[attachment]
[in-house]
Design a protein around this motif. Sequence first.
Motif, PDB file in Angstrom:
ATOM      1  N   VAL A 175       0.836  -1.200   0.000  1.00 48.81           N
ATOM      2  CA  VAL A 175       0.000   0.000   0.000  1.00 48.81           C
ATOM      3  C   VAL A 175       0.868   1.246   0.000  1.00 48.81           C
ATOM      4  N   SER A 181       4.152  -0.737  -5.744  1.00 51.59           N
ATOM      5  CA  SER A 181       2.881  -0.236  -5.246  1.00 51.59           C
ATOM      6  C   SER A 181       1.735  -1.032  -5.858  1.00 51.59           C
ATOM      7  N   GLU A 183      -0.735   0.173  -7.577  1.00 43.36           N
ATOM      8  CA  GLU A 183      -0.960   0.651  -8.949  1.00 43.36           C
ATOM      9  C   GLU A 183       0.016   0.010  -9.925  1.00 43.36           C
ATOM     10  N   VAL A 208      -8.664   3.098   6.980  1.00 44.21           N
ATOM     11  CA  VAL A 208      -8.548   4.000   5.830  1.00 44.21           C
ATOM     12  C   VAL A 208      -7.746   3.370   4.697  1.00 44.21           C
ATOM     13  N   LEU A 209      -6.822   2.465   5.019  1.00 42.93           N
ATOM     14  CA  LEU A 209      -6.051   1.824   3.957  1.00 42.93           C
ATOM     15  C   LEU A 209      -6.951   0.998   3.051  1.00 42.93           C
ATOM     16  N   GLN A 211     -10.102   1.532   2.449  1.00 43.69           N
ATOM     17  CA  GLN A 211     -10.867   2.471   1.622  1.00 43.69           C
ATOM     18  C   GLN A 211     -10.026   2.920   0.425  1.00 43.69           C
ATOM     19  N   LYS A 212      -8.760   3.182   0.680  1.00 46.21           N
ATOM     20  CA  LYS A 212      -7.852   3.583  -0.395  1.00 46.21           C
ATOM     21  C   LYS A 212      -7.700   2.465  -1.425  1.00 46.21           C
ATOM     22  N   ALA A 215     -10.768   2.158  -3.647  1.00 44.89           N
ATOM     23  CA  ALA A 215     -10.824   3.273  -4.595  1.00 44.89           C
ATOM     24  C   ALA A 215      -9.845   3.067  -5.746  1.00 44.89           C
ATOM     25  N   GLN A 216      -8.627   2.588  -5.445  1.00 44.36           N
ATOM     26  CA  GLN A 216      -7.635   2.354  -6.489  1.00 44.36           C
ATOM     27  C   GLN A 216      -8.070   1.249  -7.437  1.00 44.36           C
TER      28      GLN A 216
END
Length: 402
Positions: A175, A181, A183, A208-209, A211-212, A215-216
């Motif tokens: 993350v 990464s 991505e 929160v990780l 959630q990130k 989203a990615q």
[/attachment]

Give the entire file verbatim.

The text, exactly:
[in-house]
Design a protein around this motif. Sequence first.
Motif, PDB file in Angstrom:
ATOM      1  N   VAL A 175       0.836  -1.200   0.000  1.00 48.81           N
ATOM      2  CA  VAL A 175       0.000   0.000   0.000  1.00 48.81           C
ATOM      3  C   VAL A 175       0.868   1.246   0.000  1.00 48.81           C
ATOM      4  N   SER A 181       4.152  -0.737  -5.744  1.00 51.59           N
ATOM      5  CA  SER A 181       2.881  -0.236  -5.246  1.00 51.59           C
ATOM      6  C   SER A 181       1.735  -1.032  -5.858  1.00 51.59           C
ATOM      7  N   GLU A 183      -0.735   0.173  -7.577  1.00 43.36           N
ATOM      8  CA  GLU A 183      -0.960   0.651  -8.949  1.00 43.36           C
ATOM      9  C   GLU A 183       0.016   0.010  -9.925  1.00 43.36           C
ATOM     10  N   VAL A 208      -8.664   3.098   6.980  1.00 44.21           N
ATOM     11  CA  VAL A 208      -8.548   4.000   5.830  1.00 44.21           C
ATOM     12  C   VAL A 208      -7.746   3.370   4.697  1.00 44.21           C
ATOM     13  N   LEU A 209      -6.822   2.465   5.019  1.00 42.93           N
ATOM     14  CA  LEU A 209      -6.051   1.824   3.957  1.00 42.93           C
ATOM     15  C   LEU A 209      -6.951   0.998   3.051  1.00 42.93           C
ATOM     16  N   GLN A 211     -10.102   1.532   2.449  1.00 43.69           N
ATOM     17  CA  GLN A 211     -10.867   2.471   1.622  1.00 43.69           C
ATOM     18  C   GLN A 211     -10.026   2.920   0.425  1.00 43.69           C
ATOM     19  N   LYS A 212      -8.760   3.182   0.680  1.00 46.21           N
ATOM     20  CA  LYS A 212      -7.852   3.583  -0.395  1.00 46.21           C
ATOM     21  C   LYS A 212      -7.700   2.465  -1.425  1.00 46.21           C
ATOM     22  N   ALA A 215     -10.768   2.158  -3.647  1.00 44.89           N
ATOM     23  CA  ALA A 215     -10.824   3.273  -4.595  1.00 44.89           C
ATOM     24  C   ALA A 215      -9.845   3.067  -5.746  1.00 44.89           C
ATOM     25  N   GLN A 216      -8.627   2.588  -5.445  1.00 44.36           N
ATOM     26  CA  GLN A 216      -7.635   2.354  -6.489  1.00 44.36           C
ATOM     27  C   GLN A 216      -8.070   1.249  -7.437  1.00 44.36           C
TER      28      GLN A 216
END
Length: 402
Positions: A175, A181, A183, A208-209, A211-212, A215-216
């Motif tokens: 993350v 990464s 991505e 929160v990780l 959630q990130k 989203a990615q």